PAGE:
Just over a minute into the contest, Alex Ovechkin ripped the Capitals only tally past Kings goaltender Jonathan Bernier. The goal came the moment I was settling in with my nachos at Verizon Center. Coincidence? I think not. However, Anze Kopitar would have something to say about that in the second, flipping the puck over a seated Semyon Varlamov to knot the game at one. Then with 16:24 left in the third, Andrei Loktionov gave L.A. a 2-1 lead as the biscuit once again got past an out of position Varlamov. It would only get worse for the Capitals as Michal Handzus and Jarret Stoll pushed the lead to three. By the end of the game, Verizon Center was half empty. Kings beats Caps, 4-1.
Another week has passed and amazingly people still have questions for us. Judging by our readers’ letters, it seems like most of you have lost hope that this year is the year. Don’t worry, we deleted those emails and focused all our attention on questions regarding groins.
Like always, if you’ve got a question, a comment, or need ideas on how to get out of jury duty, feel free to shoot us a message and we’ll answer you back next Friday!
Now follow us past the jump, where our grandiose hero Neil weights in on the topics of officiating and trades.
SCOAR! (Photo credit: Chris O’Meara)
There was a zeitgeist surrounding the Washington Capitals’ visit to the Tampa Bay Lightning’s playground. The words we kept hearing were “must win,” which is great motivator even if it’s not objectively true. Still, the Caps seemed to take it to heart, bringing an effort to the game that reminds us– above all else– of the ’09-’10 version of the team. Not bad.
Red-hot Teddy Purcell scored on Tampa Bay’s first shot of the night, a 40-foot slapper to Varlamov’s weak side. On a 4v4 sequence that we’ll discuss later, Nicky Backstrom used some stick-to-it-iveness to even the score from the crease. Brooks Laich (!) piled on with a wizardly backhand top-shelfer set up by Mathieu Perreault. Alex Ovechkin put the visitors up 3-1 with his long-delayed return to the PPG stat column. Tampa’s Brett Clark kept the second period busy with a retaliatory powerplay tally. The third period found Nick Backstrom cleaning up an Ovechkin crash for his second of the night, and Jason Chimera recording an empty-netter. Caps beat Bolts 5-2. Wings, MFers.
Aww (Photo credit: our own Chris Gordon)
The quintessential 2010-2011 Washington Capitals game includes a worthless first period, so the opening frame of tonight’s date with the Montreal Canadiens was surprisingly invigorating. If only the rest of the game could have followed suit.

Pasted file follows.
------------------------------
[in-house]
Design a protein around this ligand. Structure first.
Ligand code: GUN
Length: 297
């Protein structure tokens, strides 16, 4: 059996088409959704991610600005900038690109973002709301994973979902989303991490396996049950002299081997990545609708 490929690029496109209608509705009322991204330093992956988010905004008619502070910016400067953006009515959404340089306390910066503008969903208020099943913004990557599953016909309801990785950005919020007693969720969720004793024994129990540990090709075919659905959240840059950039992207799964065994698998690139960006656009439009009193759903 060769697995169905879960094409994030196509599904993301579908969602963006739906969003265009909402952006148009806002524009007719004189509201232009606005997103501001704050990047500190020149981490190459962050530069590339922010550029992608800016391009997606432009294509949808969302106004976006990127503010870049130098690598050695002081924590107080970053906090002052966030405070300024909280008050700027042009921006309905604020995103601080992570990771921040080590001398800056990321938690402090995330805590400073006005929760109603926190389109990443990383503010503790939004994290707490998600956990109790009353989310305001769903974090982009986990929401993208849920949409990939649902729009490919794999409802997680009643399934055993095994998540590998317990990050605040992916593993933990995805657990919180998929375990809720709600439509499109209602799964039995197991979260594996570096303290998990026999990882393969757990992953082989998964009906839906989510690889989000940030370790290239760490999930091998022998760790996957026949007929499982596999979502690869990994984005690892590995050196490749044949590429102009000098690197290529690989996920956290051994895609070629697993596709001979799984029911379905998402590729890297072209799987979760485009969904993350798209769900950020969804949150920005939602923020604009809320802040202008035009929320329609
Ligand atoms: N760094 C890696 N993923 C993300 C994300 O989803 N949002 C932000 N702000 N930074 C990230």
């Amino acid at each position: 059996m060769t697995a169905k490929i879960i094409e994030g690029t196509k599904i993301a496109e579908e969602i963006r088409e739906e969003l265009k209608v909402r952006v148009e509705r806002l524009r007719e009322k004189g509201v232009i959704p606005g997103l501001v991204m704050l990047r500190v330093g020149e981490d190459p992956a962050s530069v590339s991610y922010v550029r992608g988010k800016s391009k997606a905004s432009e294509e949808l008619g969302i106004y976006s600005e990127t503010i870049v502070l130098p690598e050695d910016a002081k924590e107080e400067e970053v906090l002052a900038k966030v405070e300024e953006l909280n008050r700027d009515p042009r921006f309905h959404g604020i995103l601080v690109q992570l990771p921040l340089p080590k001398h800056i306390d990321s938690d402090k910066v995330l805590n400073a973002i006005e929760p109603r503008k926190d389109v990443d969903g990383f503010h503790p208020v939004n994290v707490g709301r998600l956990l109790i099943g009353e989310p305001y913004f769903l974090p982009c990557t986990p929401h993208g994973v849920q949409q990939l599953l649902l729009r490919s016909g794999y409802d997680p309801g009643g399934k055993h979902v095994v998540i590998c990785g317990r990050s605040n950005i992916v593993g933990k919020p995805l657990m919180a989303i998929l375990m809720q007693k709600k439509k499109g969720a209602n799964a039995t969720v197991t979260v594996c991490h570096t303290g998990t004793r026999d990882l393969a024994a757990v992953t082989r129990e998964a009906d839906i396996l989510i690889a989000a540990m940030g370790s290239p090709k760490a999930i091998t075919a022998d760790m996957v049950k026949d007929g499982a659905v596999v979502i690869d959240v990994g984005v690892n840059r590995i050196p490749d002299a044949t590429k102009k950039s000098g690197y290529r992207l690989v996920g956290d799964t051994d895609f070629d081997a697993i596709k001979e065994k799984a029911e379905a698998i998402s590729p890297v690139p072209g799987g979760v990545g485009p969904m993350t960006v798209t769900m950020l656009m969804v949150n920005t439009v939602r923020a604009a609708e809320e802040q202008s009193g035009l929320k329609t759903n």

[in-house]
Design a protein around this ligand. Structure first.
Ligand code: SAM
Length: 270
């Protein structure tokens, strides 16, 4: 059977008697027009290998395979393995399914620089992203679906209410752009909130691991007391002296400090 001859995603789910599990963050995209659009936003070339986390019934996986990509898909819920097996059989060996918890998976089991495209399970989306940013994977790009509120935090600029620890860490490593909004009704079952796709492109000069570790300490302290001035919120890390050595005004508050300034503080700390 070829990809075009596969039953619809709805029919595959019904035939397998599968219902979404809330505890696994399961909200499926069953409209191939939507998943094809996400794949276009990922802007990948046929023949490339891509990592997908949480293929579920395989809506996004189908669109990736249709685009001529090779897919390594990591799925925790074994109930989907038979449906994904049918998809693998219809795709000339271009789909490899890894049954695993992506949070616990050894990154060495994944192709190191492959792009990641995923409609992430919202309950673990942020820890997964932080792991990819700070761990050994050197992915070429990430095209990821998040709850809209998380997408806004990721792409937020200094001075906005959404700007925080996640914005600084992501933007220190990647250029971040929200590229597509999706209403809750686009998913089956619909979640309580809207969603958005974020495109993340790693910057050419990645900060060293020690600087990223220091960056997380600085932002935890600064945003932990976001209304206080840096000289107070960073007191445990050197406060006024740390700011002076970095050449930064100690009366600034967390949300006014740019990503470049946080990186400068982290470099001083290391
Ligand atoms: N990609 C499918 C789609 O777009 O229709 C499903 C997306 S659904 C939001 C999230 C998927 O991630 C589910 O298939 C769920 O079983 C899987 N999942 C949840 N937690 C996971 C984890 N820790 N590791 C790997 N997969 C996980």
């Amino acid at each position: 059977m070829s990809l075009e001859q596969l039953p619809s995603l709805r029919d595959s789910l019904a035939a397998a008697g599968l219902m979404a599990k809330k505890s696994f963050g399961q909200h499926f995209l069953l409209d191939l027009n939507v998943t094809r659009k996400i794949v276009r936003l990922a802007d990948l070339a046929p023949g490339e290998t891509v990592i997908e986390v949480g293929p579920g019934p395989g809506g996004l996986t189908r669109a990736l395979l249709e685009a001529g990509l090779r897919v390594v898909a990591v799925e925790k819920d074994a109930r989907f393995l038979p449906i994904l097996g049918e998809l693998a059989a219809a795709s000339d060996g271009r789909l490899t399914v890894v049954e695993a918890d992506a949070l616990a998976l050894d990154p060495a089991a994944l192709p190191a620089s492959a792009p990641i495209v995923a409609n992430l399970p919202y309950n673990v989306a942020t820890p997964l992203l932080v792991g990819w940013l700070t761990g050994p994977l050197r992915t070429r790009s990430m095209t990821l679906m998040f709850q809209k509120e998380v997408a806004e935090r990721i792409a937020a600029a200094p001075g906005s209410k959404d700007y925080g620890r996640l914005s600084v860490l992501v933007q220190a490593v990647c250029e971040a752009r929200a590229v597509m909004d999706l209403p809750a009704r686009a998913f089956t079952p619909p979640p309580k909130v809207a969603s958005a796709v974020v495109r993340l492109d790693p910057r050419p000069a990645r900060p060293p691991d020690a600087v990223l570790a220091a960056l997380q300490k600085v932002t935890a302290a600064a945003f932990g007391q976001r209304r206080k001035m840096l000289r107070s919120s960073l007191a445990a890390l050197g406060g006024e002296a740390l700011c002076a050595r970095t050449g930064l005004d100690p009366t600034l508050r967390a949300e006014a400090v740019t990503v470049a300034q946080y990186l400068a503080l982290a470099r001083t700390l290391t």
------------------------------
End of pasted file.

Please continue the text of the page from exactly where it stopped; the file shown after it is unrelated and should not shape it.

Mathieu Perreault capped off an extended shift in the offensive zone with a takeaway and five-hole goal on Carey Price. On the powerplay, Mike Knuble filed some paperwork in his office to give the Caps an early and pleasant 2-0 lead. In the second period, Brian Gionta launched a rocket on a 2-on-1 breakaway to put the Habs on the board. Then John Carlson’s failed drop pass led to another breakaway and another goal for Gionta. OT was exciting but scoreless, and we found our way to that old standby: the shootout.
Nick Backstrom led off, beating Carey Price but ringing iron. Brian Gionta, the bastard, scored top-shelf on Varlamov. Matt Hendricks pulled that same darn move again, but Price saw it coming. James Wisniewski’s attempt was covered by Varly. Alex Ovechkin, in a must-score situation, didn’t. Game over. Habs beat Caps 3-2 (SO).
Here’s a picture of Ovechkin eating snow for the billionth time. (Photo credit: Scott Cunningham)
To all our friends stuck on the roads during this crazy #thundersnow storm, safe travels. Don’t do anything I wouldn’t do.
So the final game for the Washington Capitals before the All-Star break found them meeting the Atlanta Thrashers in the not-so-balmy temperatures of Georgia. It did not go well.
Nik Antropov settled a lucky bounce in the Caps zone, leading to an easy goal against Semyon Varlamov. That was it. No other goals. Shutout for Ondrej Pavelec. Thrashers beat Caps 1-0.
It’s important when using statistics to make arguments or try to sway public opinion that you are not above learning something new. For me, this includes the effect of zone starts on scoring, how Corsi correlates to winning, and why scoring chances are an important metric to track. Each one helps put a player’s performance into context to try and determine the true skill level of a hockey player– both past and present. This is why I don’t change my mind, but I do make new decisions based on new information.
Take Washington’s goalies for instance. At first, I felt Michal Neuvirth deserved the right to be the “number one,” and I wasn’t wrong. He had a wonderful November and performed admirably. Then Semyon Varlamov’s groin started to heal and showed that he was ready to reclaim the number one spot– especially in the context of how he performed in different game situations.